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Winter / Summer sets of wheels and tires?

683 Views 1 Reply 2 Participants Last post by  Mz6GreyGhost
Because of some spirited driving, my stock Michelin Pilot tires are nearly bald. With winter coming up, I need to do something. I looked at (usually pretty good pricing), and they want $199 apiece for factory replacement (V speed rating) tires. I could cheat a little bit and buy the H speed rated tires for only $159 apiece. Truthfully folks, short of pushing it off a very tall cliff, do you honestly think a stock Mazda 6 could actually exceed 130 MPH? Even if it could, would you actually drive that fast on public roads? Anyone who claims they would is either lying or retarded.

But anyway, I wanted to look at the viability of buying a set of dedicated snow tires and wheels, and then in the spring buy a set of better summer tires.

The stock Michelins, besides being expensive, are a compromise. They are very average on snow. They are very average on dry pavement. Why not buy a dedicated set of snow tires (a good model snow tire for the stock 17" rim can be had for as little as $110 or $120 apiece).

I am 90% there with my decision. Wanted to see what experience anyone has had.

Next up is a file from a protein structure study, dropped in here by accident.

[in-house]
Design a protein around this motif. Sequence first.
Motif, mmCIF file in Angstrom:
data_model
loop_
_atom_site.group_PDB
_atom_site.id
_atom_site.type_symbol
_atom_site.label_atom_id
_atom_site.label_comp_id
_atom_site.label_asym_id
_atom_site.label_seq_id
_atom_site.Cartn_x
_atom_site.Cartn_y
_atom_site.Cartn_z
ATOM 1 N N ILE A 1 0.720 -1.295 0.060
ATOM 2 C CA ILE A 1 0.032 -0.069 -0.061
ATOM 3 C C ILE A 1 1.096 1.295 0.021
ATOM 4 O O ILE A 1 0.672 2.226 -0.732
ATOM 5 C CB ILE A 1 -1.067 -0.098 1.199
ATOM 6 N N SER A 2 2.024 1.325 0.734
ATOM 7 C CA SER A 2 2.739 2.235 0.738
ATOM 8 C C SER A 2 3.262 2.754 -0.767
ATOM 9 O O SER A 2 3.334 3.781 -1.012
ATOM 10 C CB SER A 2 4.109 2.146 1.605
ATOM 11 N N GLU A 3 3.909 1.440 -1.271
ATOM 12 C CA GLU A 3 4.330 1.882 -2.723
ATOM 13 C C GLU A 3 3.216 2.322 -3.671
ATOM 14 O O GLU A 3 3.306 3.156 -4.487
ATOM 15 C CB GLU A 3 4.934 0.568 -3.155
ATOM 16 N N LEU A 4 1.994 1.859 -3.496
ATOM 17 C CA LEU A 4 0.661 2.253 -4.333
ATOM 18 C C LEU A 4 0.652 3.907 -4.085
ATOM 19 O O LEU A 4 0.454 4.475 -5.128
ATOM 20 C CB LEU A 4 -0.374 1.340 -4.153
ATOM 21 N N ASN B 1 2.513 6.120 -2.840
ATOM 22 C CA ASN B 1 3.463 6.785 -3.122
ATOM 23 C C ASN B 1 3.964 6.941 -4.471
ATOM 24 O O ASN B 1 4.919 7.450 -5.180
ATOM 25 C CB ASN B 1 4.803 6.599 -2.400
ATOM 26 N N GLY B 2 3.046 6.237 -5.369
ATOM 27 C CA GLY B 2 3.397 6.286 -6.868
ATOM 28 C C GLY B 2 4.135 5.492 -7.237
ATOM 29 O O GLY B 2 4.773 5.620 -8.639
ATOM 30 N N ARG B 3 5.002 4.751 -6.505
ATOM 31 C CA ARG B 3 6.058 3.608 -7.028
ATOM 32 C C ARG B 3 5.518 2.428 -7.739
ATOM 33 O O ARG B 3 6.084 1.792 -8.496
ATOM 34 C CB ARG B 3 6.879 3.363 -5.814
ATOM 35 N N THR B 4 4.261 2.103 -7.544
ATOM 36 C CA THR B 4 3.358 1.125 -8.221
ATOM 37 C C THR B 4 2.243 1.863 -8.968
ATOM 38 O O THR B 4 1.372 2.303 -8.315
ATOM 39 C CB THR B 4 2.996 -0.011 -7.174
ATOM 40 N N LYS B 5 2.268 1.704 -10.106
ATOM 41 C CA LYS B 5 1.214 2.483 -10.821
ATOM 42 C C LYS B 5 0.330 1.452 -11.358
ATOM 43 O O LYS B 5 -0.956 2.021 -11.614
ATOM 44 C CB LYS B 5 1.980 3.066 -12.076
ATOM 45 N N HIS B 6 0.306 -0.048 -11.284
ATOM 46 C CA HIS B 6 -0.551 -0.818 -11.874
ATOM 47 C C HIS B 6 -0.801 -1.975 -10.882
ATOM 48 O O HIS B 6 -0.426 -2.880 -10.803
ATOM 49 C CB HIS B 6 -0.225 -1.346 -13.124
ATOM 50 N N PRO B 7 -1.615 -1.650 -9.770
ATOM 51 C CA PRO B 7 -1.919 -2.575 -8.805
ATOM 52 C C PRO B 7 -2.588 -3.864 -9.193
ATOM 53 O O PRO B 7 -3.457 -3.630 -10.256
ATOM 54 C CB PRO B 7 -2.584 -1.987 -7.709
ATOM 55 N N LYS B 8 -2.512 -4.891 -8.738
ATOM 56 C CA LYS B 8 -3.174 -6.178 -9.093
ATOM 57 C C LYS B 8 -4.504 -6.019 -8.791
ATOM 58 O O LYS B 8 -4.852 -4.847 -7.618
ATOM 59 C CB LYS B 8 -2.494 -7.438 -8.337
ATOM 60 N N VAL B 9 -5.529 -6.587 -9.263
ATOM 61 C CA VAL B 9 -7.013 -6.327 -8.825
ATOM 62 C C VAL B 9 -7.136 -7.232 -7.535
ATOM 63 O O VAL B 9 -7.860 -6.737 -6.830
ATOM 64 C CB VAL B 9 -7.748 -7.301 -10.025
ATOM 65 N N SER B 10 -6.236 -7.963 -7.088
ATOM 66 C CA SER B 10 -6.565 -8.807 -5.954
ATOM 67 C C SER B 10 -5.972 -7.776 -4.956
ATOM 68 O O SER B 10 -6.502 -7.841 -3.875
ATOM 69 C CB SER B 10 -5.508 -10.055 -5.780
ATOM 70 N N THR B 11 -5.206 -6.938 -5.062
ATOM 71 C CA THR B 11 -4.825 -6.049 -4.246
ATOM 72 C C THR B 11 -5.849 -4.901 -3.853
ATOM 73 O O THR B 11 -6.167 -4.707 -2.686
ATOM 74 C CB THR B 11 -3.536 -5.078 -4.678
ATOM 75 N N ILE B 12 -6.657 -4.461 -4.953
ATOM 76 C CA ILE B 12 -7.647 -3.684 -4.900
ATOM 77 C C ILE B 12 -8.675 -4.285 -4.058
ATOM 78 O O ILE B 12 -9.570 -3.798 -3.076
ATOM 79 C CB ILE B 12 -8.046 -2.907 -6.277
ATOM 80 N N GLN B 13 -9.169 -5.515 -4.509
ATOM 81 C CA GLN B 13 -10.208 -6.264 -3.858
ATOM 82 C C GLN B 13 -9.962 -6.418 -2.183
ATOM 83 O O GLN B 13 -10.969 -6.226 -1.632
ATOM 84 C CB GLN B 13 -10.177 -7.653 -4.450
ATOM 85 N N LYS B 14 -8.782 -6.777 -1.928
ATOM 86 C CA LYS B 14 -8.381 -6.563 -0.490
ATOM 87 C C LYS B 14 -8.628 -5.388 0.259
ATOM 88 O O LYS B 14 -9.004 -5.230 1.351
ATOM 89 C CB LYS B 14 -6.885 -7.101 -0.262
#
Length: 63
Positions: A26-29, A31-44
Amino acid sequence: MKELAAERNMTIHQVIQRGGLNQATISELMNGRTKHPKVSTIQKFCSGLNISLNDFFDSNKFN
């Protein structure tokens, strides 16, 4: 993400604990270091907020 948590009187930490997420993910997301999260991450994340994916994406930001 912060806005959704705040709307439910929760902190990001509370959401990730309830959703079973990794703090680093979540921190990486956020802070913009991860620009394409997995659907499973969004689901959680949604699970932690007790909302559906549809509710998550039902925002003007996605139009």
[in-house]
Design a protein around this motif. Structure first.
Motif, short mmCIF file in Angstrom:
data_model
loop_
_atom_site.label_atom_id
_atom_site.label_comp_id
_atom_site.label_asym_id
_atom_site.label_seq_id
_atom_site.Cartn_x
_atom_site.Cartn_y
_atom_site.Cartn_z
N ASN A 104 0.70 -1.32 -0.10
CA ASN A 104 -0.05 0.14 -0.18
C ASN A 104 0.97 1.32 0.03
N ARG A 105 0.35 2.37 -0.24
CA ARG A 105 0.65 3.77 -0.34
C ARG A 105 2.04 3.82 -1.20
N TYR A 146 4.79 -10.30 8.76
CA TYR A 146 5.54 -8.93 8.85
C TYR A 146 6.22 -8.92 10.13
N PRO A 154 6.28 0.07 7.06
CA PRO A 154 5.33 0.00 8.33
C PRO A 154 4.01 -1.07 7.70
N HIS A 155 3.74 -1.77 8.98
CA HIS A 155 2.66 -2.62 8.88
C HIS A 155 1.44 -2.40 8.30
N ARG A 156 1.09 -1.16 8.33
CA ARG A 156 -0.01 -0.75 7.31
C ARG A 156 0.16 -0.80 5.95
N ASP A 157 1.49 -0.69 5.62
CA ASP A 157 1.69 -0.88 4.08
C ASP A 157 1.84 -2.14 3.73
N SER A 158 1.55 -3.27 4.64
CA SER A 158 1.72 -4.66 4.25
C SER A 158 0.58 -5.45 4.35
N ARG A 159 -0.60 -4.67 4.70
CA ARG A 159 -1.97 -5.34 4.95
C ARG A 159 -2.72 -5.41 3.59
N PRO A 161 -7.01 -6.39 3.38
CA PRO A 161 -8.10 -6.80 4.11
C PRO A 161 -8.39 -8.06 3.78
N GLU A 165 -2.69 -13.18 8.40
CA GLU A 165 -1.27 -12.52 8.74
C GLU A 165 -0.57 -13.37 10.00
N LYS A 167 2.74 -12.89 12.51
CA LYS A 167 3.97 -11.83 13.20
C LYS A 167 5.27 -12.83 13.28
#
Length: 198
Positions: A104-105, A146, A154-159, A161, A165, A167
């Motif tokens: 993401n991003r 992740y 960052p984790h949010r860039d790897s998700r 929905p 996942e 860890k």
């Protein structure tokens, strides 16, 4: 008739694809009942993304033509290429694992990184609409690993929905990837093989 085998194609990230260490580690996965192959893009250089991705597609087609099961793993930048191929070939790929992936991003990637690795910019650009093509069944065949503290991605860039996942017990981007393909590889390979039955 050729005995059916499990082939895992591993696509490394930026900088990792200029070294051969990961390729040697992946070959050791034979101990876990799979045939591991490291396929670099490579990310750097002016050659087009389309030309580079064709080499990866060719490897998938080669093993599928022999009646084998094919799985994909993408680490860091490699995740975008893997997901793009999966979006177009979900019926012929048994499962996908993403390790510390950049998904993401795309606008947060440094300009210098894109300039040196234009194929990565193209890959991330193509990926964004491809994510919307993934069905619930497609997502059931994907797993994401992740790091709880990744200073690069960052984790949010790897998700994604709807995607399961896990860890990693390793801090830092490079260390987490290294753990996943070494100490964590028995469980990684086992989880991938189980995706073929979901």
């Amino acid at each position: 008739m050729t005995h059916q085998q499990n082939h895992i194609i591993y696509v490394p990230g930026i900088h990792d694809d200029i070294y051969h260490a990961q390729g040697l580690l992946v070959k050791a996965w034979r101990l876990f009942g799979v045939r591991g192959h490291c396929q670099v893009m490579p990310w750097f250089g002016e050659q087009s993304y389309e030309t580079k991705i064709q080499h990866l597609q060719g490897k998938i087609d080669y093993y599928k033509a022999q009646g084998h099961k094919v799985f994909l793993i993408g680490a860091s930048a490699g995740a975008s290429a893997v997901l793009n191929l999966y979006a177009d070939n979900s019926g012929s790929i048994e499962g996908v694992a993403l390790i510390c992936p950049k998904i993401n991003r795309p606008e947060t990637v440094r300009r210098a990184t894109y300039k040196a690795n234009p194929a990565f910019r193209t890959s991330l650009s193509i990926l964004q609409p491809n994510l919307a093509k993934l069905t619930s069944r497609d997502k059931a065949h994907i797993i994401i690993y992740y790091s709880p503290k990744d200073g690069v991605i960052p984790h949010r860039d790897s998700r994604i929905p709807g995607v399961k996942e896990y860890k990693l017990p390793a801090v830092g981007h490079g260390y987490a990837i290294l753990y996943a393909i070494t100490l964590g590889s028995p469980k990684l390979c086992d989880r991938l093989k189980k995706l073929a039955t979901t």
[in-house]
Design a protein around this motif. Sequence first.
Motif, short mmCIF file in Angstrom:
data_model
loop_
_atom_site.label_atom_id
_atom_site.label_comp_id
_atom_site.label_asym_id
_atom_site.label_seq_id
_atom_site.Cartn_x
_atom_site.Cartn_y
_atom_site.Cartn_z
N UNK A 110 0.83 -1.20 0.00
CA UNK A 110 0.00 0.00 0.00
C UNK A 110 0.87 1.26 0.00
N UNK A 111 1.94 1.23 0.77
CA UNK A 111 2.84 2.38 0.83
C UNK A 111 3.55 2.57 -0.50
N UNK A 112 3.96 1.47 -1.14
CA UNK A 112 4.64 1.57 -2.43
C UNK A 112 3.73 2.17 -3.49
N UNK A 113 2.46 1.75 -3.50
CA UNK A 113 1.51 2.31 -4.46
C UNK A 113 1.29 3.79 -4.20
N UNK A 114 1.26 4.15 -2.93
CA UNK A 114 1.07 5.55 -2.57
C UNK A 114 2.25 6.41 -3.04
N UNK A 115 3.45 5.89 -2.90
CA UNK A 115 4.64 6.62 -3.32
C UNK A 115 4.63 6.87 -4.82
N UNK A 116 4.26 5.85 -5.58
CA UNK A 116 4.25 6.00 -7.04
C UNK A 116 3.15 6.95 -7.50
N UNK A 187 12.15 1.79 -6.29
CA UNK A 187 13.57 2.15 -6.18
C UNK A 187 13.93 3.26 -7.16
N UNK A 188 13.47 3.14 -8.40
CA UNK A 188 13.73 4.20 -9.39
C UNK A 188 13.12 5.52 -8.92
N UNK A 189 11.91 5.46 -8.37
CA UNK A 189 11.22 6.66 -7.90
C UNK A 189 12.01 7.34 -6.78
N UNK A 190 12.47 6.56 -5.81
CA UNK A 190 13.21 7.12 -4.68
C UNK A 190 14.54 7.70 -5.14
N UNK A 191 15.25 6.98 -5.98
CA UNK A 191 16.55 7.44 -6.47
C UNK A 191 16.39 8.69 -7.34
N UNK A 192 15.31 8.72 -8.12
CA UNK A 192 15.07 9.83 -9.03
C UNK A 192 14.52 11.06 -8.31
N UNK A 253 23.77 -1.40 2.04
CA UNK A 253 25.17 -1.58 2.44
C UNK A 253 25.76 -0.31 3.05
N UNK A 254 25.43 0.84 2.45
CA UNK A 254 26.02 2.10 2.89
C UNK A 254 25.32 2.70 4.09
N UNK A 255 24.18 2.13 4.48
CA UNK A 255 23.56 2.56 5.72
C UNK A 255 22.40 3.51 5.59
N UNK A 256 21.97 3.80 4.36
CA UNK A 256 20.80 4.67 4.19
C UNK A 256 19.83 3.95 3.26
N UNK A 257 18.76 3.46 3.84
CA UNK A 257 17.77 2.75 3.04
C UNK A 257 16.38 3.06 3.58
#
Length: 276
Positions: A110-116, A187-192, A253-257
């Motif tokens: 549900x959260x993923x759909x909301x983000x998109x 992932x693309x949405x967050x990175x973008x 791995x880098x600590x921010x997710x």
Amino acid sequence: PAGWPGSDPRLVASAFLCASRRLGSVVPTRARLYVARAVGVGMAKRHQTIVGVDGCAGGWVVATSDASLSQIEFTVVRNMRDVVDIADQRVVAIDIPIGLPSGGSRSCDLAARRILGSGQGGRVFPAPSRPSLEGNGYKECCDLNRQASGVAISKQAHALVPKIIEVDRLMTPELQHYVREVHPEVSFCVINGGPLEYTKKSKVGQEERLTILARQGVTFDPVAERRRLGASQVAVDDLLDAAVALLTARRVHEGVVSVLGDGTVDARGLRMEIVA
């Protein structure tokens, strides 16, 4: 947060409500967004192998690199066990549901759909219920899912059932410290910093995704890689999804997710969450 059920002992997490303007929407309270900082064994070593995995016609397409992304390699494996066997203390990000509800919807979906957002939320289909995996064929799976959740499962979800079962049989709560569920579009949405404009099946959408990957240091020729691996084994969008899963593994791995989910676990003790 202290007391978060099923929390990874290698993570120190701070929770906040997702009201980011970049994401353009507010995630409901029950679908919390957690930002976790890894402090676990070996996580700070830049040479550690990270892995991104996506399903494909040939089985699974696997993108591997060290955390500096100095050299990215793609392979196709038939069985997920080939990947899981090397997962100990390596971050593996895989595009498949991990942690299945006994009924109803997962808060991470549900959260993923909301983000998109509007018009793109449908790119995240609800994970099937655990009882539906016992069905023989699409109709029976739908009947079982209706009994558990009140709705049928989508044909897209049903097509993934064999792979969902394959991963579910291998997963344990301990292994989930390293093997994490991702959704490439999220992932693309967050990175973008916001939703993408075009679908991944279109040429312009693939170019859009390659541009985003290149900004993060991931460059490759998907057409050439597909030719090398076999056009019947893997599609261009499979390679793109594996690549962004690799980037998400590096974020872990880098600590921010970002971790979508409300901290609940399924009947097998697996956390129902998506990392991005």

Thanks all, have a good weekend.

"Isn't that the worst thing you can do to a person; to have no expectations of them whatsoever?"
-Dennis Miller
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The Pilots are worthless, no matter what the weather. That's why I'm trying to wear mine out ASAP! :)

Since Syracuse is world-famous for the s-word, I knew the Pilots weren't going to cut it during the winter. So I purchased 4 16" steelies with Michelin Pilot Alpin PA2 winter tires from Tirerack. The combo (two years ago) ran me about $650. By far, the best purchase I ever made for the 6. The Michelins, unlike the OEM tires, pulls me through 6" of snow like a tank. I've driven on a packed-snow-covered highway with NO traction problems, even passing SUVs with their "high and mighty" 4WD. Plus, the PA2s are H-speed rated, and are considered Performance Winter tires by Tirerack, meaning they give up a slight amount of ultimate snow traction for better performance on dry pavement. Unlike other snow tires, they don't feel rubbery or squirrely on dry pavement at 75 MPH, but still have excellent traction through snow and slush-covered roads.

My recommendation: Get a dedicated set of 16" wheels (steelies or something inexpensive) and 205-60R16 snow tires. That's the OEM size for the 16" wheels, and having a dedicated wheel set means less wear-and-tear on yout rims from changing tires twice per year. Yes, you'll pay extra for the wheels, but 16" tires are sometimes 2/3rds the price of 17" tires, and if you get charged $20 per wheel to swap out the tires twice per year, you'd pay off a set of steelies in two years, and have more to show for it. Plus, if you have a floorjack and jackstands, you can even swap the winter wheels/tires out yourself, instead of making an appointment with the local tire shop two days AFTER the first blizzard hits. :)

Next spring, get a GOOD set of 17"rubber. Trust me, just about everything else out there is better than the craptastic Pilots.
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